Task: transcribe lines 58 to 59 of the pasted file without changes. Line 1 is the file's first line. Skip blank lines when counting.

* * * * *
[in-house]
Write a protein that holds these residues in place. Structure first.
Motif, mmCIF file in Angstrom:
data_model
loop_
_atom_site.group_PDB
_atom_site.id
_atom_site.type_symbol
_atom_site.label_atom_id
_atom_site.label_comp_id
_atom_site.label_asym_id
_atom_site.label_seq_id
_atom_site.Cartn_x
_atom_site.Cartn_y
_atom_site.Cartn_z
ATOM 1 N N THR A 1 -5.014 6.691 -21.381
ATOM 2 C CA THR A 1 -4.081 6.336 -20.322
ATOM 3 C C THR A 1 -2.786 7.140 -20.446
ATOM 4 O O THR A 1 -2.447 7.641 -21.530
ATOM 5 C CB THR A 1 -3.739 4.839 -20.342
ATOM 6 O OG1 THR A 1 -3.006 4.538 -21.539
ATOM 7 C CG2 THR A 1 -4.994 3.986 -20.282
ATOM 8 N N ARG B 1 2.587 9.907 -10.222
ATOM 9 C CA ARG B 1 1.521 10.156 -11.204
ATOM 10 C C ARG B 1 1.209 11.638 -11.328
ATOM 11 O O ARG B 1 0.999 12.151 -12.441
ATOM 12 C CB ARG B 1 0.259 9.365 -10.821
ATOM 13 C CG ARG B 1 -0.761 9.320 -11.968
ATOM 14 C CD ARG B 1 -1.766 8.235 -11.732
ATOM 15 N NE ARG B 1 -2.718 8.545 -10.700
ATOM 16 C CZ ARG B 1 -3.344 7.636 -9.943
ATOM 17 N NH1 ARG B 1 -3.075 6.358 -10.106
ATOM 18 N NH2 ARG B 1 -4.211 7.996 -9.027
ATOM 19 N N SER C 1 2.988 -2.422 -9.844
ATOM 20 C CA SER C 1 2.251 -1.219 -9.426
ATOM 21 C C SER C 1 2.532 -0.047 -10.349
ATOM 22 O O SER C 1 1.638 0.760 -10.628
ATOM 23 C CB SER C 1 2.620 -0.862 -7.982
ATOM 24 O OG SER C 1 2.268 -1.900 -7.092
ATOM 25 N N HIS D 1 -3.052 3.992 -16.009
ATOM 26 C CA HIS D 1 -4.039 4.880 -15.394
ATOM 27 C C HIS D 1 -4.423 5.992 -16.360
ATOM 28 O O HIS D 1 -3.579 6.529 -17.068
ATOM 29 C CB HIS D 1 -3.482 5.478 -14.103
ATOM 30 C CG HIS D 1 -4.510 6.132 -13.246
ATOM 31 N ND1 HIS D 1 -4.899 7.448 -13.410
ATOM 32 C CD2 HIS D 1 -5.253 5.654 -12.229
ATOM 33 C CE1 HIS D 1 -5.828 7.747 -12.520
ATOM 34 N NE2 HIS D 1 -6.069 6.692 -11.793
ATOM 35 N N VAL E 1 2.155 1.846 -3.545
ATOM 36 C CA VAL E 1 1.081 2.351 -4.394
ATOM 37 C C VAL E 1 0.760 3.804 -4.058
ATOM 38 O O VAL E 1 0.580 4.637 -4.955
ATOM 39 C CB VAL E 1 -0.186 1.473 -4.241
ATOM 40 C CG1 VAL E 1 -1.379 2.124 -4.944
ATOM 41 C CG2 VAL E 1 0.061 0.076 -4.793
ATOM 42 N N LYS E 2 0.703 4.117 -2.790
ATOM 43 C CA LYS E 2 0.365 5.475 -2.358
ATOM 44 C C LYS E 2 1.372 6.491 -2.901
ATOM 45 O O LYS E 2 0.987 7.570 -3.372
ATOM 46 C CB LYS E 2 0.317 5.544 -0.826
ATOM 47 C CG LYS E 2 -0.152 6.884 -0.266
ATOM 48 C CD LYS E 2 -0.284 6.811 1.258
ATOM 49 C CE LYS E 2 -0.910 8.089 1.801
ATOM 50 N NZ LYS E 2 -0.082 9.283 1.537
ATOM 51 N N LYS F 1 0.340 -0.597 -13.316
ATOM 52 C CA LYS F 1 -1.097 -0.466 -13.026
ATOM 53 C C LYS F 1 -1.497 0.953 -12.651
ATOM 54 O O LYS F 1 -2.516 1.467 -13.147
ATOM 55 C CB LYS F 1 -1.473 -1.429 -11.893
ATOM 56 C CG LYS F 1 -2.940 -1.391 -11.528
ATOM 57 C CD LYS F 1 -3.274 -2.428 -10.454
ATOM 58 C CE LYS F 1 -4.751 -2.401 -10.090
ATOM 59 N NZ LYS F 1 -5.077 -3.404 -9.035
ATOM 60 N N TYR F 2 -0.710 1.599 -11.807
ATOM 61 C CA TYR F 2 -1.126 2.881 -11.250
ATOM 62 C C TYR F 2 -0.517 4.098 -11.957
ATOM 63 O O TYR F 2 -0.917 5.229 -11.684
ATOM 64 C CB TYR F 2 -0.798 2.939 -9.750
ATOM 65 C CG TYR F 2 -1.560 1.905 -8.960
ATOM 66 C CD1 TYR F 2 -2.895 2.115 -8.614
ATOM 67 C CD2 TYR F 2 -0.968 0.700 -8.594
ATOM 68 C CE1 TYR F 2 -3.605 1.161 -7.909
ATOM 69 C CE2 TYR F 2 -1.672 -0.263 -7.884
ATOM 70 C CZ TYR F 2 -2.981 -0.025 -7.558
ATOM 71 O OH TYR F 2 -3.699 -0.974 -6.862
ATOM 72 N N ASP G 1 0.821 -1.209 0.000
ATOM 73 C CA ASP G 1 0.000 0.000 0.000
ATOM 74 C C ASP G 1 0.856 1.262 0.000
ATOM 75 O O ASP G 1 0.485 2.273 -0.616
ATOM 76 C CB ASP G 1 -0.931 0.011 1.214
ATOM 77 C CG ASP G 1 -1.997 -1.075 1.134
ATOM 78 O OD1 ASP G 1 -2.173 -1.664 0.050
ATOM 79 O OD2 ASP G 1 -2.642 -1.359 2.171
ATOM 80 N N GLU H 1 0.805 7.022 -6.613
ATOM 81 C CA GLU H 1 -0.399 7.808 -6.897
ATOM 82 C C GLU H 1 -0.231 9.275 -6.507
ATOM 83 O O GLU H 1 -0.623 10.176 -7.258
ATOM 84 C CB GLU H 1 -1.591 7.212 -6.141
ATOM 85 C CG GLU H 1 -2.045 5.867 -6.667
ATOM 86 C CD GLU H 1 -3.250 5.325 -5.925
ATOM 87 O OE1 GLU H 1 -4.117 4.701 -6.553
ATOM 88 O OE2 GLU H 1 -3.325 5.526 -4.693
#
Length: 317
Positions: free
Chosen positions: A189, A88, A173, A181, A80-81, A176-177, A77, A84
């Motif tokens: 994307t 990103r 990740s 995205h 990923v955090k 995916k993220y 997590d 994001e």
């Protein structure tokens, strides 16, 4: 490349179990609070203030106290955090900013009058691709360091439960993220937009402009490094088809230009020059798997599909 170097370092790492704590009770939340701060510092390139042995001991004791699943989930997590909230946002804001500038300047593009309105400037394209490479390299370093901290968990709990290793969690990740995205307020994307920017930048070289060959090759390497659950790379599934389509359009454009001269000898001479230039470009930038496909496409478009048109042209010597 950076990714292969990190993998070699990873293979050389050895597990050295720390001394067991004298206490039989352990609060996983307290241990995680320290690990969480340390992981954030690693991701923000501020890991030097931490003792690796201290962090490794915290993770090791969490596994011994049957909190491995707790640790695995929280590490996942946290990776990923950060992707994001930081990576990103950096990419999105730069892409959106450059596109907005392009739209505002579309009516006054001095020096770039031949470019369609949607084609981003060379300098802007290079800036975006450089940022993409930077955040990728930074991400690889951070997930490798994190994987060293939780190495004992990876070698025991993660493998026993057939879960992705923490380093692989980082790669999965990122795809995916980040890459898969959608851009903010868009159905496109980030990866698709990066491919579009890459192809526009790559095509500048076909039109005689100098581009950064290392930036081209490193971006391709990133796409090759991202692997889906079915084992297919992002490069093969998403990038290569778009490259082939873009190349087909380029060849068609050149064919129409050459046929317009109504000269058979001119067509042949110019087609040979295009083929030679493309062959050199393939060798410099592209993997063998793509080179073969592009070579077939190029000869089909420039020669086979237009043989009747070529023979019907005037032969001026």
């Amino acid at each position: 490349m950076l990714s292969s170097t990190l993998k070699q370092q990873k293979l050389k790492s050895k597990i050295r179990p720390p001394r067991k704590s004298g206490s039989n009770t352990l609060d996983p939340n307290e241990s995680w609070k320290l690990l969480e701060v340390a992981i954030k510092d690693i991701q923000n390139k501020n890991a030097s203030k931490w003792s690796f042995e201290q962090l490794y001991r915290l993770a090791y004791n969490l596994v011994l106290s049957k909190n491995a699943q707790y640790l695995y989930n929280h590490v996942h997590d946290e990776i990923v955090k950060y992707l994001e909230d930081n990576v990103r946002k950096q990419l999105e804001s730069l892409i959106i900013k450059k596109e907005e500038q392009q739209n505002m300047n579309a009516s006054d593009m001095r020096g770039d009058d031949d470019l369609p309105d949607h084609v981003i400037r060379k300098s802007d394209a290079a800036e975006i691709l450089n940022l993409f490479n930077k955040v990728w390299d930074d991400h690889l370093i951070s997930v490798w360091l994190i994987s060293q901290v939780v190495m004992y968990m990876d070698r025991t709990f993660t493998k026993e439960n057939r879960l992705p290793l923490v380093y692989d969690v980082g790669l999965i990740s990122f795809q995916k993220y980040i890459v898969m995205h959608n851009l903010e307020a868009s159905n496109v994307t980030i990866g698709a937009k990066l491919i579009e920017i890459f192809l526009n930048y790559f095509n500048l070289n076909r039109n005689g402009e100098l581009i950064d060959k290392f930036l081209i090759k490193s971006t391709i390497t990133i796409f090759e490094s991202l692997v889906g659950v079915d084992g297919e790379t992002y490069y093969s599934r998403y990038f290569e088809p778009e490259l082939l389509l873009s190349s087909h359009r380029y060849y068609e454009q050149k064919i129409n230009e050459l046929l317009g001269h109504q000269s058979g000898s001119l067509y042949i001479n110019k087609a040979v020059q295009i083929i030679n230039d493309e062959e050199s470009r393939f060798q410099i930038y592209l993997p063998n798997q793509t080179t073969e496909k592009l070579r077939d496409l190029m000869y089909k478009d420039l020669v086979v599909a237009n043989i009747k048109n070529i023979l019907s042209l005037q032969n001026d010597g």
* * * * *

ATOM 43 C CA LYS E 2 0.365 5.475 -2.358
ATOM 44 C C LYS E 2 1.372 6.491 -2.901